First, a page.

tabbing probs (was: Prothon Prototypes vs Python Classes)

Michael mogmios at mlug.missouri.edu
Mon Mar 29 18:03:25 CEST 2004


>I think you misunderstood. There is no "standard" length of
>a tab. A tab is supposed to insert (or otherwise render the
>equivalent of inserting) enough spaces to go to the next "tab stop",
>which by convention is a multiple of 8 columns on a fixed
>width mechanical typewriter. This is where tabs originated.
>  
>
No, I just fail to see why it matters. A tab could be 4 columns, 8 
columns, 15 columns, or whatever on a particular editor and code blocks 
will still line up.

>It matters. 8 columns is much too wide for indents in readable code.
>People do differ on that, but that seems to be the concensus.
>  
>
So rather than switch editors or change your editors settings you'd 
rather everyone be forced to use spaces? I presume four spaces? If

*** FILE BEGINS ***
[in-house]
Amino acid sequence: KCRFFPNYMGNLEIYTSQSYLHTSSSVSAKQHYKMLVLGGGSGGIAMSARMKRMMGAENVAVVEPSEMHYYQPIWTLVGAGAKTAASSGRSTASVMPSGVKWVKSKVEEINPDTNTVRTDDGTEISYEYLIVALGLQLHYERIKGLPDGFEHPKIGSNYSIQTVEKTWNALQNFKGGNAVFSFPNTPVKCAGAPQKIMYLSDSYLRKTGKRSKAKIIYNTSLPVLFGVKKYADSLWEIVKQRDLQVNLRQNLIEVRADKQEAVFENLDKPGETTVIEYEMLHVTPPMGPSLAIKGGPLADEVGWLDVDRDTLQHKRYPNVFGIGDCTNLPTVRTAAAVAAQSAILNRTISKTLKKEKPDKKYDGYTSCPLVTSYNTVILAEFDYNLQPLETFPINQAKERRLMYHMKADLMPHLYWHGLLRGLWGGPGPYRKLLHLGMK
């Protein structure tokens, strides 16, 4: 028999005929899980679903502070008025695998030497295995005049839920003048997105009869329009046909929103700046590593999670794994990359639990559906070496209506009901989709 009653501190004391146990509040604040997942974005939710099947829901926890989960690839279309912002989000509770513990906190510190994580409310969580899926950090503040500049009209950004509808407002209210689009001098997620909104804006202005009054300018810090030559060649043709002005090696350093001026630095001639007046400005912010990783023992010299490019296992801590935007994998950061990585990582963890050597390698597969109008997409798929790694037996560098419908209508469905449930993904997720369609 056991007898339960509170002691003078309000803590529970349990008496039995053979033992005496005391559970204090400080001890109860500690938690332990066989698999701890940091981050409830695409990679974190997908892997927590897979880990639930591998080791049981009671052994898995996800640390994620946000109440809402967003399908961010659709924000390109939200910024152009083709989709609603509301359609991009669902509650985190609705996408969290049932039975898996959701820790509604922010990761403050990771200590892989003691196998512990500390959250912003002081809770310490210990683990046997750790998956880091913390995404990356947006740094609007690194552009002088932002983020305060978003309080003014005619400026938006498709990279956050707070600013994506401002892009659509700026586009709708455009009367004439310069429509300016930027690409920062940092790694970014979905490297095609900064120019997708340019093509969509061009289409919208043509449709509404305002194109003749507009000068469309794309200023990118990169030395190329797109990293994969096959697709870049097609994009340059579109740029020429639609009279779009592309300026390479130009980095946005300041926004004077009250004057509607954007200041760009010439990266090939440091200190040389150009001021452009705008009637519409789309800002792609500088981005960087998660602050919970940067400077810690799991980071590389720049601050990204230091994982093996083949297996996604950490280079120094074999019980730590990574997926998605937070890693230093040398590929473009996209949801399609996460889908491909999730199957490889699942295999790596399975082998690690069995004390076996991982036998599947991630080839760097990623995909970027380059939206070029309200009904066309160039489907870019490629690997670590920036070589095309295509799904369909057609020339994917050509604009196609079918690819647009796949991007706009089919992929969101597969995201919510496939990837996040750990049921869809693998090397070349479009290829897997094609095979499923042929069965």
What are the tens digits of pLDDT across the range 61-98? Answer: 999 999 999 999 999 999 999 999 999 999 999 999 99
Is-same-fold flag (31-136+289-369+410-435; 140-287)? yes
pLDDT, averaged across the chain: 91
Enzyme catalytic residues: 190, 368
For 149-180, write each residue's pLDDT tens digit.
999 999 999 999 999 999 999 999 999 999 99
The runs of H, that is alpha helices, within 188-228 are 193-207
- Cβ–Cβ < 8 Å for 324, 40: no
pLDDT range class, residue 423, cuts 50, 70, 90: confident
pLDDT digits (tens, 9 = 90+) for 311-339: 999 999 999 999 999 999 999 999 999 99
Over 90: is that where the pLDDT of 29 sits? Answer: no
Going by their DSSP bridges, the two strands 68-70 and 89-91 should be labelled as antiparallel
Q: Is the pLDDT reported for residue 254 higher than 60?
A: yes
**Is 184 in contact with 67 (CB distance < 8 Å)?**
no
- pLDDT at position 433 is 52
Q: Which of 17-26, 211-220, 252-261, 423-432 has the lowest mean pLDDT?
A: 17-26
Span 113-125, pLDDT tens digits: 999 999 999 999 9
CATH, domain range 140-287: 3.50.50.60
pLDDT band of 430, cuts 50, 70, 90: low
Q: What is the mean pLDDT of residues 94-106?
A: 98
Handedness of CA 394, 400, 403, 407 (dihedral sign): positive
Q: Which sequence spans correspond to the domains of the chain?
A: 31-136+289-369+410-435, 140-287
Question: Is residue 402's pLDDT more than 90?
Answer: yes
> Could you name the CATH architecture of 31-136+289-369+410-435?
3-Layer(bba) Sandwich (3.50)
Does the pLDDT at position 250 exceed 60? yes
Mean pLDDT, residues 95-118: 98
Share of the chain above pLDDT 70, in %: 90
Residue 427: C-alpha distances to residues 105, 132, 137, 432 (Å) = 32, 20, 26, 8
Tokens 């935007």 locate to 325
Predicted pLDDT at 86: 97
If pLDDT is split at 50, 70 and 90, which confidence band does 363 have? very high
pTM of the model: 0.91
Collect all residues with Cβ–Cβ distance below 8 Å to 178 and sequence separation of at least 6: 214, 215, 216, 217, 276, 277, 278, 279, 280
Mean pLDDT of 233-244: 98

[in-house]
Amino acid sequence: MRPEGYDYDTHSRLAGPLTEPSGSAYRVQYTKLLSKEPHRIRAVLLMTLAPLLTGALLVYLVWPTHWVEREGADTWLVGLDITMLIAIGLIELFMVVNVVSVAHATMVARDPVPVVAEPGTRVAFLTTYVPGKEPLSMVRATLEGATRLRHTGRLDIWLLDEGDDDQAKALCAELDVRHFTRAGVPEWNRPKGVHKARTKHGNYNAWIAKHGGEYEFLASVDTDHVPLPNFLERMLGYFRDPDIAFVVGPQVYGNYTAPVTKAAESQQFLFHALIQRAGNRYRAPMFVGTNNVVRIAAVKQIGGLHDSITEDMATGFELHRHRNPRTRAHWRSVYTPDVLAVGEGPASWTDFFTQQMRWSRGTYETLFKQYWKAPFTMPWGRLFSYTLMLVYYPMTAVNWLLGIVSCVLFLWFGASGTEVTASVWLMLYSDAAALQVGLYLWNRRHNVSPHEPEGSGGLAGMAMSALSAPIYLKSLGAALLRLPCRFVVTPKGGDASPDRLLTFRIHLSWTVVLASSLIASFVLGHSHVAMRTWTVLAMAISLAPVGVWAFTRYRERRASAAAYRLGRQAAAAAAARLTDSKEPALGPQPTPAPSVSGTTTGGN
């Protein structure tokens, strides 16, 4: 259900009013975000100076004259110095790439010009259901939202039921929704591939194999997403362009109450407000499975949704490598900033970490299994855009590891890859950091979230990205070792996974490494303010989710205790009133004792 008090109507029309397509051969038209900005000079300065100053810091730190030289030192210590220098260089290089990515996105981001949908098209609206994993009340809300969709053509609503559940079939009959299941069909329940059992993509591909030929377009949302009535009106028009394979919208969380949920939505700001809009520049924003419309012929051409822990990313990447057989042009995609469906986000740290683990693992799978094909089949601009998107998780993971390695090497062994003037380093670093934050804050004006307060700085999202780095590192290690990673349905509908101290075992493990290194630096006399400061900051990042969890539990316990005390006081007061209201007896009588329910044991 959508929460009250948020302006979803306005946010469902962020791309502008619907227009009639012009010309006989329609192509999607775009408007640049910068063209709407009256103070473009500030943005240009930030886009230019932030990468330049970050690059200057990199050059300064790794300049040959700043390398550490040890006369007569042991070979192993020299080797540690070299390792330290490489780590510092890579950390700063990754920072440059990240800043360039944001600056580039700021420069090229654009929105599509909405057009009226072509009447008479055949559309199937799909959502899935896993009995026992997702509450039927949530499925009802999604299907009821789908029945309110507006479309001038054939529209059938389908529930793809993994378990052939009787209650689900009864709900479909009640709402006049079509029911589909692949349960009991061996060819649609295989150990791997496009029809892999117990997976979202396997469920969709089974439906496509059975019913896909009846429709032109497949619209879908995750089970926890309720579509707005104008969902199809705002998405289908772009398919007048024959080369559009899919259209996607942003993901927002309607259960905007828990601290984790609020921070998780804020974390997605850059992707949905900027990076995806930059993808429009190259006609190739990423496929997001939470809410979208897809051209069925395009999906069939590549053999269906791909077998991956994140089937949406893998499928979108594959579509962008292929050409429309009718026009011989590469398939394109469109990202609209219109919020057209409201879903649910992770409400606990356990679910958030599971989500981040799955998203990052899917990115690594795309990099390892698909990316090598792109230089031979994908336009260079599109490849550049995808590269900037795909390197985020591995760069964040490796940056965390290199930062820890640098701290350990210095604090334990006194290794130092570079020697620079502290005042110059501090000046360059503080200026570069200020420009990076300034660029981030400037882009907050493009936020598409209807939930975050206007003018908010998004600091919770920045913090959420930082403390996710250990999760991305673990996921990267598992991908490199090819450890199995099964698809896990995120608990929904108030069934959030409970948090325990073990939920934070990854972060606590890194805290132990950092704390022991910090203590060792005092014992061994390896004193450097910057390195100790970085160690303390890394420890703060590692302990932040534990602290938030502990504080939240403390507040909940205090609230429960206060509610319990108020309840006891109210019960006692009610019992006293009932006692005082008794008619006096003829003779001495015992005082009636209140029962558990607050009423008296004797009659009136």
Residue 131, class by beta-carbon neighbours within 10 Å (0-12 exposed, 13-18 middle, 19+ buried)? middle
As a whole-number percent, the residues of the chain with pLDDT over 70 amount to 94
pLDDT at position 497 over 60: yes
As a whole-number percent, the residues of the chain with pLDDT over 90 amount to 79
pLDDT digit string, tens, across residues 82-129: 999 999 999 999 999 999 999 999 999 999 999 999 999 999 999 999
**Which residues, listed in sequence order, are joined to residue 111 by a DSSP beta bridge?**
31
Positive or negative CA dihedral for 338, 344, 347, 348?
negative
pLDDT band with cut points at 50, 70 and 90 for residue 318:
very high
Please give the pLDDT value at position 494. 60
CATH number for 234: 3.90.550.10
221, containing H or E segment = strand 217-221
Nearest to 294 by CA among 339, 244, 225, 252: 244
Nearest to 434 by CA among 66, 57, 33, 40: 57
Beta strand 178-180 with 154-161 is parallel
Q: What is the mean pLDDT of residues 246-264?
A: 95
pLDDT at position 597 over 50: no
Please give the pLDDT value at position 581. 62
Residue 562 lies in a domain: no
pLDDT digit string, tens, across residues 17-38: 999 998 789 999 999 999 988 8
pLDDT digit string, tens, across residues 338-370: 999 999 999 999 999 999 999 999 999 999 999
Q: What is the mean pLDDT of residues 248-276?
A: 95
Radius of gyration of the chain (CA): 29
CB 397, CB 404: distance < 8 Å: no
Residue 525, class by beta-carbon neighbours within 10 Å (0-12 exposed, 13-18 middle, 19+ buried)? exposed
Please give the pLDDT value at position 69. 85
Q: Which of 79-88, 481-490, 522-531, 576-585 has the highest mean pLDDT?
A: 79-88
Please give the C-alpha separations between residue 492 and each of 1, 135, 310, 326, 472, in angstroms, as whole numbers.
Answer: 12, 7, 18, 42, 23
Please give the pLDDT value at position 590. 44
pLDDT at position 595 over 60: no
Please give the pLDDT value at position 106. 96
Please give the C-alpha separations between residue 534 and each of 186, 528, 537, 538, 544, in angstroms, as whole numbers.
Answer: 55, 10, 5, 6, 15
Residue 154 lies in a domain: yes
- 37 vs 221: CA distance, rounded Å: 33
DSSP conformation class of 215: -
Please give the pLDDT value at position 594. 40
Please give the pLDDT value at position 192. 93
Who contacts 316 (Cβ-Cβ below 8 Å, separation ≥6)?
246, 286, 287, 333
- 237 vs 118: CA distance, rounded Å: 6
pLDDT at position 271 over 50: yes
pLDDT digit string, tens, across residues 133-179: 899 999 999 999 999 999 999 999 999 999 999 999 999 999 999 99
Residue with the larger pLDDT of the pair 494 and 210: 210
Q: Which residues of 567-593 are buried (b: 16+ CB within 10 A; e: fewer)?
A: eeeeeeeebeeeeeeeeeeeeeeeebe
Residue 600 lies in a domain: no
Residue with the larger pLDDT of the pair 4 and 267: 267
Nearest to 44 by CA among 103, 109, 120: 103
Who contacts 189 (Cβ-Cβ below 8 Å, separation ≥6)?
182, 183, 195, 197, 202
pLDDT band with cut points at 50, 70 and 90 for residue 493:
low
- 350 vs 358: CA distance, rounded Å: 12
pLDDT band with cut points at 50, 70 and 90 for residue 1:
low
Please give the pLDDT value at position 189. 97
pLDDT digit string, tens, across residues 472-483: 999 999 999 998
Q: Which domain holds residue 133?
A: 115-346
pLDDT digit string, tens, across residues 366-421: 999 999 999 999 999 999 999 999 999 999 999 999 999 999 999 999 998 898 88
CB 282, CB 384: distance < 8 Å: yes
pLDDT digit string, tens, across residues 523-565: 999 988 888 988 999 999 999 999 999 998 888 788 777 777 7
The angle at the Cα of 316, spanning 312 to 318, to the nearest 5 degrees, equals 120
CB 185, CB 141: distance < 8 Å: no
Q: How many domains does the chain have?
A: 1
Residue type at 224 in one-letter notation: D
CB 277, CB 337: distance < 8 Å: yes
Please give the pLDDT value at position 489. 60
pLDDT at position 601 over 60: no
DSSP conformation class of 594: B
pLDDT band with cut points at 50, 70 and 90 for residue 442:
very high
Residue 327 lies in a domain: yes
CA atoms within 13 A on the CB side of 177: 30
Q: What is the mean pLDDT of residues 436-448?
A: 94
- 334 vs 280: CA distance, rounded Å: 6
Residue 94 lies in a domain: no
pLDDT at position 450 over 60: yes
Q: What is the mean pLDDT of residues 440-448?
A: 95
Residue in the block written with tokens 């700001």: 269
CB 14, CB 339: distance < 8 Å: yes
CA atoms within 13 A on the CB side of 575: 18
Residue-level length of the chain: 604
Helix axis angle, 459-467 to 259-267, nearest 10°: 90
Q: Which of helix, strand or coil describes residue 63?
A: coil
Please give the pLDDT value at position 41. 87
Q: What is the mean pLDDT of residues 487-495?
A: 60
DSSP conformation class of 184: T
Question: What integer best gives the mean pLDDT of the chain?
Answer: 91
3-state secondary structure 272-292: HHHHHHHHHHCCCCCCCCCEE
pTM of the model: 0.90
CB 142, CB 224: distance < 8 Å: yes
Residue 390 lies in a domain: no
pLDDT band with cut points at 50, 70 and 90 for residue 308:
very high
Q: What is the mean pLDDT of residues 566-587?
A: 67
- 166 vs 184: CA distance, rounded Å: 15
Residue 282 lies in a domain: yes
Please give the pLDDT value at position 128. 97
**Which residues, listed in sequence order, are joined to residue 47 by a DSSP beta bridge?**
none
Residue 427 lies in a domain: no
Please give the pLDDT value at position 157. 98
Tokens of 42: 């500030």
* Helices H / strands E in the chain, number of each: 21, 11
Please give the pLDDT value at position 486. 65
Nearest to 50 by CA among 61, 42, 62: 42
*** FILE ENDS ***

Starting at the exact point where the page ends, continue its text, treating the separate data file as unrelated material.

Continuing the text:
someone uses eight spaces to indent will that also break the code? It 
seems to me that it'd be easier to configure an editor to show tabs as 
four columns, if you so desire, than to configure an editor to show 
eight spaces as four columns. Eight spaces is no easier to read than a 
tab that takes eight columns. It's just more typing to correct the problem.

By my own preference, if I'm forced to use spaces to indent rather than 
tabs, then I'll most likely use a single space to indent because I don't 
want to deal with pressing the space and backspace keys multiple times 
(trying to keep count) to make blocks line up correctly. I also don't 
find it acceptable to use an editor which kludges together such space 
using behavior for me to do what tabs would have done in the first 
place. Overall, I think I find code that uses a single tab, rather than 
a single space, to be easier to read.




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